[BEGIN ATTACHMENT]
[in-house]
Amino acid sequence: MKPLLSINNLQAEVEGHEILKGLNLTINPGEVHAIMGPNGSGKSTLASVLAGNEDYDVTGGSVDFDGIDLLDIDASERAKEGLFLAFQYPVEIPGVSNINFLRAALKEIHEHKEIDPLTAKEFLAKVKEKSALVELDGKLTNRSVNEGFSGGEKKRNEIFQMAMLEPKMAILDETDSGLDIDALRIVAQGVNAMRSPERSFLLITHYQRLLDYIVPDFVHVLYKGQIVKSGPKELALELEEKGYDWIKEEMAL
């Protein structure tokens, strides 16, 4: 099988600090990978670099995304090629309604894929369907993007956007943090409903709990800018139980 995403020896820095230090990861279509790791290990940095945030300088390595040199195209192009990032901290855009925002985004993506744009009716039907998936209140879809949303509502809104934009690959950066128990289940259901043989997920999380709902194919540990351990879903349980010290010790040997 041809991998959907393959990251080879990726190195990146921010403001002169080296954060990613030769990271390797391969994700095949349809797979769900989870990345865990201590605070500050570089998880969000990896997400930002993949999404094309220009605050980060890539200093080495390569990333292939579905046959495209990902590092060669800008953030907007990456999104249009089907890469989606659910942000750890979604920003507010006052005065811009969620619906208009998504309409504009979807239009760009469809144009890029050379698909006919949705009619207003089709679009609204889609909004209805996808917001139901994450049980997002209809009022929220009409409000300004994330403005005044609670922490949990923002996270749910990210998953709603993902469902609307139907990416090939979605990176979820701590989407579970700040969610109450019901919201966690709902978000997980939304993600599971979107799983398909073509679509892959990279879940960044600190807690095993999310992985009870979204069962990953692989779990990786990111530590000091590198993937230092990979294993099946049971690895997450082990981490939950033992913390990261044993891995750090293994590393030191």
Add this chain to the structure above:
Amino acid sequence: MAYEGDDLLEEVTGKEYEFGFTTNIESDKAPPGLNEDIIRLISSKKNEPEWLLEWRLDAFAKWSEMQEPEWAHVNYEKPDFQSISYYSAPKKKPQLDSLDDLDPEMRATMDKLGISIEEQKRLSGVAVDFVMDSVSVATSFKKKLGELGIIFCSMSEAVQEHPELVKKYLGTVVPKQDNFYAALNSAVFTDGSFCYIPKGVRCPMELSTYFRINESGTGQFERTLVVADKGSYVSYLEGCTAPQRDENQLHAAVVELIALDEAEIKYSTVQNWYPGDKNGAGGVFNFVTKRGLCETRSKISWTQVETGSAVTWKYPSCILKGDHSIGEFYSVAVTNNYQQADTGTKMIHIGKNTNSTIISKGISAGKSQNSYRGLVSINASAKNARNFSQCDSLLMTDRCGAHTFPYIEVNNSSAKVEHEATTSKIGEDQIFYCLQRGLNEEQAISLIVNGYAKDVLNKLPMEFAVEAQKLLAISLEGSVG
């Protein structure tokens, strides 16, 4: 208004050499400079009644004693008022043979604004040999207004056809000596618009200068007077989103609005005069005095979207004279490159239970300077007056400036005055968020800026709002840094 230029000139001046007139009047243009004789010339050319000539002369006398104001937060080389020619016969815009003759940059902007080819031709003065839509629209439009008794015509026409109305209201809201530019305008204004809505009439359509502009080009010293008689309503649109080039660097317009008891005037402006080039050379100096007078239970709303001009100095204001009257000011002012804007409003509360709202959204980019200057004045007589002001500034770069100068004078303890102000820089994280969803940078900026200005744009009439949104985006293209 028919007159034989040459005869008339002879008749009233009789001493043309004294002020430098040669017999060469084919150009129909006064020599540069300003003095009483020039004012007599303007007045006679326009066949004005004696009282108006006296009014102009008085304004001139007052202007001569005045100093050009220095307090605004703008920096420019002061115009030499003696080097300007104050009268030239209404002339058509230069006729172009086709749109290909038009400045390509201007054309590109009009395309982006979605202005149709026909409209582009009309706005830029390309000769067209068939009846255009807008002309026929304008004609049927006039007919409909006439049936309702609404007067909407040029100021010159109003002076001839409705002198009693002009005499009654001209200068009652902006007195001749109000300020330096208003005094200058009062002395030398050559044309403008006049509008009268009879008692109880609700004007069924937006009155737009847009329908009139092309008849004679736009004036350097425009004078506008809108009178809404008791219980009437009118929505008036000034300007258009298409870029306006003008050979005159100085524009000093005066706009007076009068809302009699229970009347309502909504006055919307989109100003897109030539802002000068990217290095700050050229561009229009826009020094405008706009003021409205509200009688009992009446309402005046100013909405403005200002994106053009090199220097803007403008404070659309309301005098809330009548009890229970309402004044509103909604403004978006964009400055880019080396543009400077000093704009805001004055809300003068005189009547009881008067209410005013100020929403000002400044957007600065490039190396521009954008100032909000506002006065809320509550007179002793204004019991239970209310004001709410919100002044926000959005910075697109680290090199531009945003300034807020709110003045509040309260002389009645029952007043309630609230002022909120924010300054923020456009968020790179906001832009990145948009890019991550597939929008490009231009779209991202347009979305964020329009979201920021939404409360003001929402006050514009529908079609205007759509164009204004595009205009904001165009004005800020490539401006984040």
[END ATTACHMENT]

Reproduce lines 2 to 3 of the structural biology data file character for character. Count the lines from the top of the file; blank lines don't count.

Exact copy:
Amino acid sequence: MKPLLSINNLQAEVEGHEILKGLNLTINPGEVHAIMGPNGSGKSTLASVLAGNEDYDVTGGSVDFDGIDLLDIDASERAKEGLFLAFQYPVEIPGVSNINFLRAALKEIHEHKEIDPLTAKEFLAKVKEKSALVELDGKLTNRSVNEGFSGGEKKRNEIFQMAMLEPKMAILDETDSGLDIDALRIVAQGVNAMRSPERSFLLITHYQRLLDYIVPDFVHVLYKGQIVKSGPKELALELEEKGYDWIKEEMAL
């Protein structure tokens, strides 16, 4: 099988600090990978670099995304090629309604894929369907993007956007943090409903709990800018139980 995403020896820095230090990861279509790791290990940095945030300088390595040199195209192009990032901290855009925002985004993506744009009716039907998936209140879809949303509502809104934009690959950066128990289940259901043989997920999380709902194919540990351990879903349980010290010790040997 041809991998959907393959990251080879990726190195990146921010403001002169080296954060990613030769990271390797391969994700095949349809797979769900989870990345865990201590605070500050570089998880969000990896997400930002993949999404094309220009605050980060890539200093080495390569990333292939579905046959495209990902590092060669800008953030907007990456999104249009089907890469989606659910942000750890979604920003507010006052005065811009969620619906208009998504309409504009979807239009760009469809144009890029050379698909006919949705009619207003089709679009609204889609909004209805996808917001139901994450049980997002209809009022929220009409409000300004994330403005005044609670922490949990923002996270749910990210998953709603993902469902609307139907990416090939979605990176979820701590989407579970700040969610109450019901919201966690709902978000997980939304993600599971979107799983398909073509679509892959990279879940960044600190807690095993999310992985009870979204069962990953692989779990990786990111530590000091590198993937230092990979294993099946049971690895997450082990981490939950033992913390990261044993891995750090293994590393030191």